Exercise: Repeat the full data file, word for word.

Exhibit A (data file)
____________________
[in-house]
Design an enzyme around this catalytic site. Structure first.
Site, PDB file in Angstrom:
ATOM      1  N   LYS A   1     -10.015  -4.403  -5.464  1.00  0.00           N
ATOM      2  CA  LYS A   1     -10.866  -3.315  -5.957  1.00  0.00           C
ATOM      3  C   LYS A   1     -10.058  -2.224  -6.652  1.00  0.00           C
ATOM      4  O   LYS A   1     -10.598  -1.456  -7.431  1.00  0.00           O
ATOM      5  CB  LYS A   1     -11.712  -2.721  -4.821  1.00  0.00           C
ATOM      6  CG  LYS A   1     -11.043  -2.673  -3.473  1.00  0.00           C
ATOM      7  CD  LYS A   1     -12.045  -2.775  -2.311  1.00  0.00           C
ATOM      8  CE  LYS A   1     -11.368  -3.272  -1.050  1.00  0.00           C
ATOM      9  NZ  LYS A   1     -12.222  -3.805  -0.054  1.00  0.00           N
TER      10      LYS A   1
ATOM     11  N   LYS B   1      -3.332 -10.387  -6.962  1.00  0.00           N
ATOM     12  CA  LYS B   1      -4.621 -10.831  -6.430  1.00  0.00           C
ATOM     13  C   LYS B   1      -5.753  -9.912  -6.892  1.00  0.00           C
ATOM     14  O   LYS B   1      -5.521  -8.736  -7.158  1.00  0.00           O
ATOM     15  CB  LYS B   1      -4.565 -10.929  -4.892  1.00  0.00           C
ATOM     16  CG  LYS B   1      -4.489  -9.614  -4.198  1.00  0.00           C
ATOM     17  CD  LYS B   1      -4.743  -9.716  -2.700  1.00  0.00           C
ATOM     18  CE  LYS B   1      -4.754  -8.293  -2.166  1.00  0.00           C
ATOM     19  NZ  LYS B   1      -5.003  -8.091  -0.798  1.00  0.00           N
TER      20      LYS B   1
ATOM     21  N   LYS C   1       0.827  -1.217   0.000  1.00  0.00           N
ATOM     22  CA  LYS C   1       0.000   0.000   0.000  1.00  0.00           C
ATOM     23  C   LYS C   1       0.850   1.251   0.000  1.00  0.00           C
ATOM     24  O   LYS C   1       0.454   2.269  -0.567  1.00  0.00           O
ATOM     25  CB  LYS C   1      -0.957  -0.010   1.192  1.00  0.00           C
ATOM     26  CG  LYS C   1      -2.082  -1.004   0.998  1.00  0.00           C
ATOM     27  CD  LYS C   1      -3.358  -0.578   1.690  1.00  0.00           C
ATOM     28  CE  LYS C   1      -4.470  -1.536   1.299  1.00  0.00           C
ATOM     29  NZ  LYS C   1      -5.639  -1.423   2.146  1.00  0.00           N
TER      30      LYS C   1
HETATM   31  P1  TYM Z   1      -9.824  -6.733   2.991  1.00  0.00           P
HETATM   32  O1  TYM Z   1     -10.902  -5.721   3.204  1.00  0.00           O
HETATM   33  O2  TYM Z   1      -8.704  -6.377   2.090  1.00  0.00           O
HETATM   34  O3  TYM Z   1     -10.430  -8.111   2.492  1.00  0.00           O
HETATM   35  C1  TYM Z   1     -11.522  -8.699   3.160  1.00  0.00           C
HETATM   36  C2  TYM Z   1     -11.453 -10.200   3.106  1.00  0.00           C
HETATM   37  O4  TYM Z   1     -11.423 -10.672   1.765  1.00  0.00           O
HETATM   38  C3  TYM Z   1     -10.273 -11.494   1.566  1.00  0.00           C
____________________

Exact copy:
[in-house]
Design an enzyme around this catalytic site. Structure first.
Site, PDB file in Angstrom:
ATOM      1  N   LYS A   1     -10.015  -4.403  -5.464  1.00  0.00           N
ATOM      2  CA  LYS A   1     -10.866  -3.315  -5.957  1.00  0.00           C
ATOM      3  C   LYS A   1     -10.058  -2.224  -6.652  1.00  0.00           C
ATOM      4  O   LYS A   1     -10.598  -1.456  -7.431  1.00  0.00           O
ATOM      5  CB  LYS A   1     -11.712  -2.721  -4.821  1.00  0.00           C
ATOM      6  CG  LYS A   1     -11.043  -2.673  -3.473  1.00  0.00           C
ATOM      7  CD  LYS A   1     -12.045  -2.775  -2.311  1.00  0.00           C
ATOM      8  CE  LYS A   1     -11.368  -3.272  -1.050  1.00  0.00           C
ATOM      9  NZ  LYS A   1     -12.222  -3.805  -0.054  1.00  0.00           N
TER      10      LYS A   1
ATOM     11  N   LYS B   1      -3.332 -10.387  -6.962  1.00  0.00           N
ATOM     12  CA  LYS B   1      -4.621 -10.831  -6.430  1.00  0.00           C
ATOM     13  C   LYS B   1      -5.753  -9.912  -6.892  1.00  0.00           C
ATOM     14  O   LYS B   1      -5.521  -8.736  -7.158  1.00  0.00           O
ATOM     15  CB  LYS B   1      -4.565 -10.929  -4.892  1.00  0.00           C
ATOM     16  CG  LYS B   1      -4.489  -9.614  -4.198  1.00  0.00           C
ATOM     17  CD  LYS B   1      -4.743  -9.716  -2.700  1.00  0.00           C
ATOM     18  CE  LYS B   1      -4.754  -8.293  -2.166  1.00  0.00           C
ATOM     19  NZ  LYS B   1      -5.003  -8.091  -0.798  1.00  0.00           N
TER      20      LYS B   1
ATOM     21  N   LYS C   1       0.827  -1.217   0.000  1.00  0.00           N
ATOM     22  CA  LYS C   1       0.000   0.000   0.000  1.00  0.00           C
ATOM     23  C   LYS C   1       0.850   1.251   0.000  1.00  0.00           C
ATOM     24  O   LYS C   1       0.454   2.269  -0.567  1.00  0.00           O
ATOM     25  CB  LYS C   1      -0.957  -0.010   1.192  1.00  0.00           C
ATOM     26  CG  LYS C   1      -2.082  -1.004   0.998  1.00  0.00           C
ATOM     27  CD  LYS C   1      -3.358  -0.578   1.690  1.00  0.00           C
ATOM     28  CE  LYS C   1      -4.470  -1.536   1.299  1.00  0.00           C
ATOM     29  NZ  LYS C   1      -5.639  -1.423   2.146  1.00  0.00           N
TER      30      LYS C   1
HETATM   31  P1  TYM Z   1      -9.824  -6.733   2.991  1.00  0.00           P
HETATM   32  O1  TYM Z   1     -10.902  -5.721   3.204  1.00  0.00           O
HETATM   33  O2  TYM Z   1      -8.704  -6.377   2.090  1.00  0.00           O
HETATM   34  O3  TYM Z   1     -10.430  -8.111   2.492  1.00  0.00           O
HETATM   35  C1  TYM Z   1     -11.522  -8.699   3.160  1.00  0.00           C
HETATM   36  C2  TYM Z   1     -11.453 -10.200   3.106  1.00  0.00           C
HETATM   37  O4  TYM Z   1     -11.423 -10.672   1.765  1.00  0.00           O
HETATM   38  C3  TYM Z   1     -10.273 -11.494   1.566  1.00  0.00           C